First of all there is a magic wand you can use: the escalation process. Once you feel that a problem cannot be resolved between peers then

  • you state "game over" and that this will be brought to management for resolution
  • you cut short any discussion except if the other party is looking for a solution (now that it knows that it will go up).

There are some borderline psychopathic people who enjoy these kind of verbal tournaments - I am not one of them, I just usually tell once that this is my problem and not theirs and then escalate. If someone wants to go on I politely grab him or her by the neck and help to leave the room so that we can work in peace.

  • This advice may seem like an over-reaction to some, but at the end of the day the workplace is not a appropriate venue for such distracting and disparaging behavior. I agree that, if one on one discussion yields no results, then this should be escalated to the superiors whose job it is to defuse or otherwise handle such conflict. People with these tendencies can certainly change, but I wouldn't count on it unless they learn the hard way from upper management. Moreover, it's not a personal responsibility to deal with these manners. – user30031 Nov 2 '16 at 15:54
  • @WoJ It is not normal in our culture, we are typically very laid back. Thank you for confirming how I saw it. – TomQP Nov 2 '16 at 21:13
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we are friends, and [...] the company is trying to do something important that we all strongly care about

Sounds like you're in a high-passion workplace, which can be good! But

we're talking high voices and over each other

and of course you've realized that sometimes that "passion" plays out in unproductive ways.

I understand why the scenarios you've given feel like personal attacks, but in many of these cases the solution is to not engage. Make this your mantra: Discussion is healthy, spreading knowledge is great, but you don't owe Joe an explanation.

Joe says that it is "unacceptable" that a deliverable from my department will not be ready when planned, when the head of the company has just directed us to shelve that temporarily and work on something else.

Joe is expressing his frustration that he won't have the deliverable. Maybe he's even correct. Maybe the head of the company made a dumb decision. But if Joe is owed an explanation, it won't come from you; it will come from the company head.

The cherry: Joe directly tells me what to do, "you're going to have to do X" (that is after I had explained why this is not a good idea).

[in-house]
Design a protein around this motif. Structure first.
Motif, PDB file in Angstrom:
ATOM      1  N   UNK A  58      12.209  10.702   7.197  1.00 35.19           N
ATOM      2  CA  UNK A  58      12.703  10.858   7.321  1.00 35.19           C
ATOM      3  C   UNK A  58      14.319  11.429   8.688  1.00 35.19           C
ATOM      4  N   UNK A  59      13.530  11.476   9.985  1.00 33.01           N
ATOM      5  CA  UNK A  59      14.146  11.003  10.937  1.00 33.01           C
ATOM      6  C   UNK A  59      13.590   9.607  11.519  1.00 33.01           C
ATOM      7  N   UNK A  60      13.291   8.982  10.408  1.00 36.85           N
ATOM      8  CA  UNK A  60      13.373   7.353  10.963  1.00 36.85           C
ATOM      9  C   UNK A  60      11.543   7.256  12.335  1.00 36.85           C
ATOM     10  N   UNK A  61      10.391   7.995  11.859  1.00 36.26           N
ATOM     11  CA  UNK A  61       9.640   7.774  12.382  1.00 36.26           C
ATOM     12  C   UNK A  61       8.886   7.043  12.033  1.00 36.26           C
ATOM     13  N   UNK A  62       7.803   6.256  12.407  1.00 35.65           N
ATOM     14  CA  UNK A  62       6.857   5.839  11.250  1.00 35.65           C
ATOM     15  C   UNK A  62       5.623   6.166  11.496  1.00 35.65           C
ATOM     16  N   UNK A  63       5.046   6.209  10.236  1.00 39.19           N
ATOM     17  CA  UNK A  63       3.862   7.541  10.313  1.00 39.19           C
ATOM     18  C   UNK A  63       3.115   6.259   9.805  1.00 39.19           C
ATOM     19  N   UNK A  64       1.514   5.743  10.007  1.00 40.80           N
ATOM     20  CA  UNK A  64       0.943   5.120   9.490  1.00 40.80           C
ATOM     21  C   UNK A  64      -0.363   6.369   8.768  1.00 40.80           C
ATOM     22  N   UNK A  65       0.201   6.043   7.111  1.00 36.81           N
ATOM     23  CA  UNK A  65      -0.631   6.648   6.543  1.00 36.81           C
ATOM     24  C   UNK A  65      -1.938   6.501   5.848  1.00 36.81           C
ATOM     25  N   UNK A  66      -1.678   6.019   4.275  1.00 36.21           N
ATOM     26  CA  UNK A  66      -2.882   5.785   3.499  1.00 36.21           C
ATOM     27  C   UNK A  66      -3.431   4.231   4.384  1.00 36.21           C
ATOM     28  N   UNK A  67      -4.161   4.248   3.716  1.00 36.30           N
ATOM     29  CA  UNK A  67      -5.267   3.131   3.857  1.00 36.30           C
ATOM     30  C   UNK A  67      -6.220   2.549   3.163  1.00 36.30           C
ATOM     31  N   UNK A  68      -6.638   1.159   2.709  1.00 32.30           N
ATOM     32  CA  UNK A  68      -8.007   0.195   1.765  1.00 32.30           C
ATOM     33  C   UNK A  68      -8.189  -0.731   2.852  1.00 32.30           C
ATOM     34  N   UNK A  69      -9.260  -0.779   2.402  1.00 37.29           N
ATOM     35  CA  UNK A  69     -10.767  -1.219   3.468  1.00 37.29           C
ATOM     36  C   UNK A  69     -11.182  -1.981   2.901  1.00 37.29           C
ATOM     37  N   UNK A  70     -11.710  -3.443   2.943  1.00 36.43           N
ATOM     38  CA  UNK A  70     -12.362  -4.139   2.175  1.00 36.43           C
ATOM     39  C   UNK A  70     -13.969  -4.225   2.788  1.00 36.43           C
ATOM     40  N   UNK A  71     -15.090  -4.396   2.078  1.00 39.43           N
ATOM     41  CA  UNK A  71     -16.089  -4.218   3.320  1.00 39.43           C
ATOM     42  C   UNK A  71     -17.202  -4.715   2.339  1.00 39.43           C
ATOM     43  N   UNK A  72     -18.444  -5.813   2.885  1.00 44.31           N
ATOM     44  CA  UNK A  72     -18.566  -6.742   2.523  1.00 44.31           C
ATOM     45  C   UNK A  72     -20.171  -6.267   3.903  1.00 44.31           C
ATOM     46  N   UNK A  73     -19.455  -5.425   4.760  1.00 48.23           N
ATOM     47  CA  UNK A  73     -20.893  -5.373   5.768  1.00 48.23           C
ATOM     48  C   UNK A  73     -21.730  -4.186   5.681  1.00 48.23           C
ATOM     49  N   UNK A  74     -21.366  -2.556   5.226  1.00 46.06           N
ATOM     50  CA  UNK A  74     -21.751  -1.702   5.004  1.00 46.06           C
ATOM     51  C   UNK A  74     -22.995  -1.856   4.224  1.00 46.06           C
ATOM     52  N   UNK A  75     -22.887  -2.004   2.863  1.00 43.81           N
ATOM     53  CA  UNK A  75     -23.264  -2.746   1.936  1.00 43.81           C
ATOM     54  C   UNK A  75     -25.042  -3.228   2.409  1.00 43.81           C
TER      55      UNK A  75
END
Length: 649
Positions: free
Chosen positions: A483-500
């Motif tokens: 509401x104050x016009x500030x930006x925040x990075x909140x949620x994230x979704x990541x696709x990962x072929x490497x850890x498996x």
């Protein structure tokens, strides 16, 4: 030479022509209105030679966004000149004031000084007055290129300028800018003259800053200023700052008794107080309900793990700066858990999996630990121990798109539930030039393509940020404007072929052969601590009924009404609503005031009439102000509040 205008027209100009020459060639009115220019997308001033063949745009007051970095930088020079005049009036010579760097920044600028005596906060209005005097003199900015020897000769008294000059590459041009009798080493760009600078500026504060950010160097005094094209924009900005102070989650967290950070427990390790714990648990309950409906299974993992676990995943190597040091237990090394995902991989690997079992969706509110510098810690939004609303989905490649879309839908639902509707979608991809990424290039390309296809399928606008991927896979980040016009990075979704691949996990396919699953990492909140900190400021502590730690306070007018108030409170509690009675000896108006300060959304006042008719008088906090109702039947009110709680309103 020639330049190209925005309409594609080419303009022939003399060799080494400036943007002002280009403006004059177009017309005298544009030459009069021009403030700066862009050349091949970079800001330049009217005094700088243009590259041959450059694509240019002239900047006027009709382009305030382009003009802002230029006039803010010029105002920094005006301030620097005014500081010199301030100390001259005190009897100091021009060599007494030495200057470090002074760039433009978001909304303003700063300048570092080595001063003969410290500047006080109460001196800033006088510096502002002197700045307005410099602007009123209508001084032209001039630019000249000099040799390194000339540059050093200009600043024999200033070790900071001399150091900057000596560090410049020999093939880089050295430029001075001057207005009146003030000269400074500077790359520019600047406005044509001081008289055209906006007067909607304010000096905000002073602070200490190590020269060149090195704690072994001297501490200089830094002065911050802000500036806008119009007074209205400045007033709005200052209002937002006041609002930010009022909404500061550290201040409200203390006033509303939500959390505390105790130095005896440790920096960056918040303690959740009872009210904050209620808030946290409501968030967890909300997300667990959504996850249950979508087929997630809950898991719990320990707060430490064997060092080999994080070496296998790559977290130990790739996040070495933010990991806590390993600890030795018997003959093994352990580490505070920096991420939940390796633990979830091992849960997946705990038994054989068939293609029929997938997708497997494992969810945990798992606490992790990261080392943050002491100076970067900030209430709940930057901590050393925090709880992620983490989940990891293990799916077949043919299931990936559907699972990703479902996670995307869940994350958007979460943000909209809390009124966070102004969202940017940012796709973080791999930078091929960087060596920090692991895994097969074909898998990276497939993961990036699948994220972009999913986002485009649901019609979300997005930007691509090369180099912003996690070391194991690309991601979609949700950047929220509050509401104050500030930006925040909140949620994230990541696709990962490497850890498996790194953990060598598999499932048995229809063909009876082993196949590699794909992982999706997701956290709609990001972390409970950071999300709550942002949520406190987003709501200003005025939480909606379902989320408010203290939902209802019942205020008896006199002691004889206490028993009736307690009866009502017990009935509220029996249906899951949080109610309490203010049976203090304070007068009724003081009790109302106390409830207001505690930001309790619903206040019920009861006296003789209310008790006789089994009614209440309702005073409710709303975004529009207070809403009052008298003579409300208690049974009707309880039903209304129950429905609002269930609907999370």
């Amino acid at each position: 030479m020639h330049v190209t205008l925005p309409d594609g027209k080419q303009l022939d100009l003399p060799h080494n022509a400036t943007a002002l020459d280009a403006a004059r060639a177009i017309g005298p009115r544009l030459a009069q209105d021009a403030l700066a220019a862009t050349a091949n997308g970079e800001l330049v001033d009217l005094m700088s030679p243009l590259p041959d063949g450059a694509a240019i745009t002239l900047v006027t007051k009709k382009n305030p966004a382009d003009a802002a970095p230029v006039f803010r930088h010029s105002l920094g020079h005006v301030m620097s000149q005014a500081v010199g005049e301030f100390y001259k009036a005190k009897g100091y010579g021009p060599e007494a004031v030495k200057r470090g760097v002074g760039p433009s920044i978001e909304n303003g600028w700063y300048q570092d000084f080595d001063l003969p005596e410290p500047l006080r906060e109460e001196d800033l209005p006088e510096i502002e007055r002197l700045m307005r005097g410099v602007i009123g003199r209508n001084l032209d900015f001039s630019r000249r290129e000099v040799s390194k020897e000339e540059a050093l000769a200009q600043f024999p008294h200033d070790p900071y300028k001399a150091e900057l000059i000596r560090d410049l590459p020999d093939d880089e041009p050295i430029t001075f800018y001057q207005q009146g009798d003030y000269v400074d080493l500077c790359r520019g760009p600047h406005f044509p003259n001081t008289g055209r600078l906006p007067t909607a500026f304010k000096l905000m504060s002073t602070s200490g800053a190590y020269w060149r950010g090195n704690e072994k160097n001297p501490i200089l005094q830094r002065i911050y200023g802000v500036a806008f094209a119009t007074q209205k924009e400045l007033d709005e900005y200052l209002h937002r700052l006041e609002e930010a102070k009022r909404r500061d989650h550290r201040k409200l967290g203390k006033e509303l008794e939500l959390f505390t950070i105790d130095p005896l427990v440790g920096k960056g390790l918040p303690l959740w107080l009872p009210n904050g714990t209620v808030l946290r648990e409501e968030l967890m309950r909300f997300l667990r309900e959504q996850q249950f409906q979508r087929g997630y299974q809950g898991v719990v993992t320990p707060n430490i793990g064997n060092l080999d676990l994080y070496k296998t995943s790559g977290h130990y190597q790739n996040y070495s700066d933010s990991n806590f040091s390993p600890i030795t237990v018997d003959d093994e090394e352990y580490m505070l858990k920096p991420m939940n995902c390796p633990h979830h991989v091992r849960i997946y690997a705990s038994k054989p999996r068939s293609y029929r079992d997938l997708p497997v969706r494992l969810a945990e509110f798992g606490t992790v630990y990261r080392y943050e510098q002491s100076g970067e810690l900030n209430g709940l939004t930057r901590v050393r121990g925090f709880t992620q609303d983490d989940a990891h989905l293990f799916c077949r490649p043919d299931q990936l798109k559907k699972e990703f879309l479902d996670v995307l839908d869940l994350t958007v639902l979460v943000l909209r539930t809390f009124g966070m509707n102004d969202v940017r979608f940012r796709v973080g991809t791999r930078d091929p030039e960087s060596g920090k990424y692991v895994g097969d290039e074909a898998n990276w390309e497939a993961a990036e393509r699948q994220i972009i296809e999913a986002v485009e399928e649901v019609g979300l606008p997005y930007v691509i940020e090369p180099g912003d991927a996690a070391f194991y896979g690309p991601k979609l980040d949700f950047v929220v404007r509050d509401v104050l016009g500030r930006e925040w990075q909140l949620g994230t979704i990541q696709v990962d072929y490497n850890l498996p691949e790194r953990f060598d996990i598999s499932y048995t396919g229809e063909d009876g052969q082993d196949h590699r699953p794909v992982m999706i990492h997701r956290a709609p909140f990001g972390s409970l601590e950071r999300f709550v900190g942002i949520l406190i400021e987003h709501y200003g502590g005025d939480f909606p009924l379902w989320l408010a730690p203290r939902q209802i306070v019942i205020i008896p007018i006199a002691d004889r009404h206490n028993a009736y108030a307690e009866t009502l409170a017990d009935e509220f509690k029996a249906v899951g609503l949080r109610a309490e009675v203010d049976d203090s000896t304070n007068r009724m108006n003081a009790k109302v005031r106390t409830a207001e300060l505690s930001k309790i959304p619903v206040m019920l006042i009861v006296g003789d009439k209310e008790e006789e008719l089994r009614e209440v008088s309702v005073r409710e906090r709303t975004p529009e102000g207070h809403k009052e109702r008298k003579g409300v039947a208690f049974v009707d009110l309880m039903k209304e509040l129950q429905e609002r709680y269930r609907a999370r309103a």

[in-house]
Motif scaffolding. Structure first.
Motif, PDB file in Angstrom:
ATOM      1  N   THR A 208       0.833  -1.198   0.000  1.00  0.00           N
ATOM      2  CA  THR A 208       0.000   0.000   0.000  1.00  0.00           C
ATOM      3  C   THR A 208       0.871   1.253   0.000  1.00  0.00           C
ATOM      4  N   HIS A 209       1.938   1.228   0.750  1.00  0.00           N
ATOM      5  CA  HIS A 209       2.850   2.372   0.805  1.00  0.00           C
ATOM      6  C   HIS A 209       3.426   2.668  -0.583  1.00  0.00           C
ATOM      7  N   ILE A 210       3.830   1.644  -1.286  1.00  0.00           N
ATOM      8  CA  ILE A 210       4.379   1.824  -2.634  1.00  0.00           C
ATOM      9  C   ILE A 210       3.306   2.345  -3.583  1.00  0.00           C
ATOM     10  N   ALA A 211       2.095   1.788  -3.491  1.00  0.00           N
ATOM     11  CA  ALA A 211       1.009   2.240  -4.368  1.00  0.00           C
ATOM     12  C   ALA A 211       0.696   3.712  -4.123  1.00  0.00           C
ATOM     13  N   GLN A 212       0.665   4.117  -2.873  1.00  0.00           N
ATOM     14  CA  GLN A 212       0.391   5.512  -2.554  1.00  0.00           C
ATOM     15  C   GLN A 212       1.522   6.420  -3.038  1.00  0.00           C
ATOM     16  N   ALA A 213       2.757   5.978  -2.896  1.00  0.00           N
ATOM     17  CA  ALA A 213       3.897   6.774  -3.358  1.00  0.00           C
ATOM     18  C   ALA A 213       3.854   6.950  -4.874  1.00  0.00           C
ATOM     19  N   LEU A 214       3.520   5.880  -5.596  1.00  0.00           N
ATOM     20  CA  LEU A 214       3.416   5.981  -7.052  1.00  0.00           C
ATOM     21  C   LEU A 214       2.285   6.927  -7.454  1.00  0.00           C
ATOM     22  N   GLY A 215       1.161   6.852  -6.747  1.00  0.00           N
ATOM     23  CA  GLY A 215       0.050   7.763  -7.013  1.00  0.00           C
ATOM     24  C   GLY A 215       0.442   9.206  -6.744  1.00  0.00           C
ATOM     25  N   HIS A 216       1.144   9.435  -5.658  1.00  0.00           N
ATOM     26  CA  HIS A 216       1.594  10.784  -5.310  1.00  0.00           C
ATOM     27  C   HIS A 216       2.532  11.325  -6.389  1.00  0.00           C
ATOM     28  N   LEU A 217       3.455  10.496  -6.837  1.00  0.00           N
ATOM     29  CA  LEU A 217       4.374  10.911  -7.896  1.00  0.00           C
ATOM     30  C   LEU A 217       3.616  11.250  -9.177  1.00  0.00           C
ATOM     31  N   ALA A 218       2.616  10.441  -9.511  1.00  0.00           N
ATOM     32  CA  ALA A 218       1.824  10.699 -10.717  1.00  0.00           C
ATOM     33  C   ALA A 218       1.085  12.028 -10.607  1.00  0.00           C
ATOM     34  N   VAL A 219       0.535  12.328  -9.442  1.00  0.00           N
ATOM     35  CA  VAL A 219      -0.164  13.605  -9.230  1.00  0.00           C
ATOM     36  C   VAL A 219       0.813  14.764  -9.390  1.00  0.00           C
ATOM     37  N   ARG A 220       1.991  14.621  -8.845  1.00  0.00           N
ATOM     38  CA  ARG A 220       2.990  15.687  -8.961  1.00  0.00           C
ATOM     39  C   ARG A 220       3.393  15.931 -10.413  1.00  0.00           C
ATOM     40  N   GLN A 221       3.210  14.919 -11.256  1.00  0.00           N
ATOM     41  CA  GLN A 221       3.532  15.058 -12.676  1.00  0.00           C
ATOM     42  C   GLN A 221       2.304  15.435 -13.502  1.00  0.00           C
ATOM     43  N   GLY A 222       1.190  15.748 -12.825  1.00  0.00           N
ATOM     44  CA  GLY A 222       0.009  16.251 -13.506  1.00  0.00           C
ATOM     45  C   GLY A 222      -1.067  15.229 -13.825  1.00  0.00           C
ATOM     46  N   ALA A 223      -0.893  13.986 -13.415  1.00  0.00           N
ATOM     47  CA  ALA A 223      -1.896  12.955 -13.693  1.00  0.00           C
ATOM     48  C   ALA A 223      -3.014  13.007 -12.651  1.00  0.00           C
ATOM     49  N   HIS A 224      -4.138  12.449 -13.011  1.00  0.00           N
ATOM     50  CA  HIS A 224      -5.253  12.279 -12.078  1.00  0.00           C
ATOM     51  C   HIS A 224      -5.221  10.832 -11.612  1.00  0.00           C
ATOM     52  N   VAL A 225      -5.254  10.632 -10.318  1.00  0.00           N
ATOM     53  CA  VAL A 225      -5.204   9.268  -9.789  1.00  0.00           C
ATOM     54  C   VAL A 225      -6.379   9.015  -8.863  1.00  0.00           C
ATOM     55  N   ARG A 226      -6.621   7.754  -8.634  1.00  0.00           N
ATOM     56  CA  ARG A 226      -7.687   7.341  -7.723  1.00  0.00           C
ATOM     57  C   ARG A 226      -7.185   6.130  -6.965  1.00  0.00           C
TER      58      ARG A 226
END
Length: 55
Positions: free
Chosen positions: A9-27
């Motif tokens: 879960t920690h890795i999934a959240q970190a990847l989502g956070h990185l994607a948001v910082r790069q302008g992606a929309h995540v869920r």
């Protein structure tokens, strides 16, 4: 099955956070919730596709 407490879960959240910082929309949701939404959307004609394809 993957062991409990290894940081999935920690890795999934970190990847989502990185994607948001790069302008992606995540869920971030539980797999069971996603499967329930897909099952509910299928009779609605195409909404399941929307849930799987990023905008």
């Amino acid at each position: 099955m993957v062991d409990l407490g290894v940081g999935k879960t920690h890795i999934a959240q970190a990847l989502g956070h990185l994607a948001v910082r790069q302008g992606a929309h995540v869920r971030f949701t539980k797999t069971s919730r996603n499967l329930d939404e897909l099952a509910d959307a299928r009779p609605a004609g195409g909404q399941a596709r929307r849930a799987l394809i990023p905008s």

Annoying, but just stay quiet. Your silence does not mean your agreement to his pronouncements.

Joe questions details of a workflow in my department (which he has never seen before) in front of junior colleagues.

This one is interesting. You need to genuinely answer the question, "why do I care?"

Is overhearing the conversation a waste of your subordinates time? Then tell Joe you'd like to move this conversation to a different place to avoid wasting their time.

Is overhearing the conversation going to confuse your subordinates? Then definitely tell him you'd like to move the conversation to avoid confusion.

Are you worried that others will get the wrong idea about you? Try to relax and realize you can't control other people's feelings toward you.

Maybe he's wrong. Maybe he's right and you should change. Maybe he's right but changing would be too costly at this point. Learn what you can.

Joe questions technical decision that I made (that he doesn't at the time have enough background to understand the reasons for) in front of the whole team.

Say out loud that the background is more complicated than he might realize, filling him in on the details is a lengthy process, and remind him that it was your decision to make. If nobody else on the team is interested, then the issue dies there. If others are interested, decide as a group when and who will participate in further discussion and table it until then.

  • "Maybe he's right but changing would be too costly at this point." - Yes, that's it. Changing is pretty obviously a good idea, but for reasons we have discussed at some length it's not a good time to do that now. Having someone unfamiliar with that jump in and act as though our guys are idiots for not having changed it yet is uncalled for. – TomQP Nov 4 '16 at 16:21